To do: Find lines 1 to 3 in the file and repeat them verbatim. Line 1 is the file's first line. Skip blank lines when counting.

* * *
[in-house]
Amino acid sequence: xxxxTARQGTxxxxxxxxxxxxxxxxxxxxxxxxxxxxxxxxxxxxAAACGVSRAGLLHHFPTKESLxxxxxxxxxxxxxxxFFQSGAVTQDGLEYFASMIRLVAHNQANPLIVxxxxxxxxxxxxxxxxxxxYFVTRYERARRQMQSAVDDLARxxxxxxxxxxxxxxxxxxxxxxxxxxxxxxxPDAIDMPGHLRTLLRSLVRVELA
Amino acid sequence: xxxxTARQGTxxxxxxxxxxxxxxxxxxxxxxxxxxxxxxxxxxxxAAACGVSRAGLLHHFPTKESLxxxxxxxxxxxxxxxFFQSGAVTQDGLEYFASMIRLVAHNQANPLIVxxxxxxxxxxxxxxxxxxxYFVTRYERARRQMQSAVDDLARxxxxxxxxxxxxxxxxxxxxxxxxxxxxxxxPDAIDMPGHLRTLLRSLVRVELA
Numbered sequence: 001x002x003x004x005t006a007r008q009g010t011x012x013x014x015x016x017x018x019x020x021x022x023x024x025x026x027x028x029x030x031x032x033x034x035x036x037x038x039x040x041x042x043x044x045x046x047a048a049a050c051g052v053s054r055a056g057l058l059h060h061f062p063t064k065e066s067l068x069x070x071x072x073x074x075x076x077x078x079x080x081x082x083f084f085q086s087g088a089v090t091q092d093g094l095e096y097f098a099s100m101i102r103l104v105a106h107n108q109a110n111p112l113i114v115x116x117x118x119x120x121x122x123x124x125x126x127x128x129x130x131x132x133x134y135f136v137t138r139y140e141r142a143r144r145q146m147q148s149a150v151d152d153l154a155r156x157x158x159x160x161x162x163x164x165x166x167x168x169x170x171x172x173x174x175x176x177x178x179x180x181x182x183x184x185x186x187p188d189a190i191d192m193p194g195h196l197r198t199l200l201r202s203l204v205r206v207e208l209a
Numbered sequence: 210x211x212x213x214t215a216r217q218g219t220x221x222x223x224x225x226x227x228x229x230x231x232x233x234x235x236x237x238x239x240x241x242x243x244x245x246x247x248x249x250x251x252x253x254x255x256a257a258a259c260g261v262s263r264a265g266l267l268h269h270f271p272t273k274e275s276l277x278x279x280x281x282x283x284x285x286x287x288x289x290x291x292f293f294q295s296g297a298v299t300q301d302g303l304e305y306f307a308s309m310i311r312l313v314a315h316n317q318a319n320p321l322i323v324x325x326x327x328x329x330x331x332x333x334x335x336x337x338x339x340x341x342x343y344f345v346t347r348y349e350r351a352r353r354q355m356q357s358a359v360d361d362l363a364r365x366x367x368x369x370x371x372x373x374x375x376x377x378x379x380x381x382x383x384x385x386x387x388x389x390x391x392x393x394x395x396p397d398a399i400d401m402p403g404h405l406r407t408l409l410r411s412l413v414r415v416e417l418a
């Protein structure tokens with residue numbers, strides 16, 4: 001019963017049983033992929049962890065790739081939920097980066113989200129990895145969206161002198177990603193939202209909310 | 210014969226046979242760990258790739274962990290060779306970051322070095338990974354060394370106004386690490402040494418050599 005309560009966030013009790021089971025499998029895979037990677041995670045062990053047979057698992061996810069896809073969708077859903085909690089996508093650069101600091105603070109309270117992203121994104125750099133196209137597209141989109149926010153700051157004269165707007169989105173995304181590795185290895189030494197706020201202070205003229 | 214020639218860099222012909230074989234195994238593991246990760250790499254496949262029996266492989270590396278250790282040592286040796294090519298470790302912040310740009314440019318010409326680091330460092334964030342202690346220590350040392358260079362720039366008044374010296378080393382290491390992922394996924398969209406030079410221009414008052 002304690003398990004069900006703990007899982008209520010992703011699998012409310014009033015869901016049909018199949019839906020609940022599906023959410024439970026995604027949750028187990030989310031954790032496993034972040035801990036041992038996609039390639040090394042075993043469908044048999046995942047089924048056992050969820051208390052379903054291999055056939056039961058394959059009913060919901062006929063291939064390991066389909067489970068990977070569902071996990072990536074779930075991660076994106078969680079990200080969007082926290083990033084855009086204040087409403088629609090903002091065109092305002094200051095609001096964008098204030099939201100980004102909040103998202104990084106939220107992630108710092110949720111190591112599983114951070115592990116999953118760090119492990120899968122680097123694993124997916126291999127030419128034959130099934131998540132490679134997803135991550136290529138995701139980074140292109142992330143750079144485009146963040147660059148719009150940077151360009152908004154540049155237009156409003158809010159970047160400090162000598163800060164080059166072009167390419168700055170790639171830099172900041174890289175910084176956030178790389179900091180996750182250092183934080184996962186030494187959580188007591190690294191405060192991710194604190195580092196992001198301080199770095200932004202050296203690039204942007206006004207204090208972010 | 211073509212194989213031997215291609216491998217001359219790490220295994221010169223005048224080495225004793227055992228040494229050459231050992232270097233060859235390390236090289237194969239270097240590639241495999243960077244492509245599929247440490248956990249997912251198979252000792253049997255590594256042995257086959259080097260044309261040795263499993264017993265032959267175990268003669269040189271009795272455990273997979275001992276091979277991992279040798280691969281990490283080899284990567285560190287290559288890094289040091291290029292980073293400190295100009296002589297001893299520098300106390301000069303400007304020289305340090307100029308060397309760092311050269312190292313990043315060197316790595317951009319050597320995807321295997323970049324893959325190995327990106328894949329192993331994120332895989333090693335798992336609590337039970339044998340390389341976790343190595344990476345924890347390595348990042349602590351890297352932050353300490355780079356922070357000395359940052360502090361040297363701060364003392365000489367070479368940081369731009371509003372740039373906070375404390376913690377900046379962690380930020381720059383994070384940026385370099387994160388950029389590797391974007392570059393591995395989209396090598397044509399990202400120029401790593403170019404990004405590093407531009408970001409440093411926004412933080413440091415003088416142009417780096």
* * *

[in-house]
Amino acid sequence: xxxxTARQGTxxxxxxxxxxxxxxxxxxxxxxxxxxxxxxxxxxxxAAACGVSRAGLLHHFPTKESLxxxxxxxxxxxxxxxFFQSGAVTQDGLEYFASMIRLVAHNQANPLIVxxxxxxxxxxxxxxxxxxxYFVTRYERARRQMQSAVDDLARxxxxxxxxxxxxxxxxxxxxxxxxxxxxxxxPDAIDMPGHLRTLLRSLVRVELA
Amino acid sequence: xxxxTARQGTxxxxxxxxxxxxxxxxxxxxxxxxxxxxxxxxxxxxAAACGVSRAGLLHHFPTKESLxxxxxxxxxxxxxxxFFQSGAVTQDGLEYFASMIRLVAHNQANPLIVxxxxxxxxxxxxxxxxxxxYFVTRYERARRQMQSAVDDLARxxxxxxxxxxxxxxxxxxxxxxxxxxxxxxxPDAIDMPGHLRTLLRSLVRVELA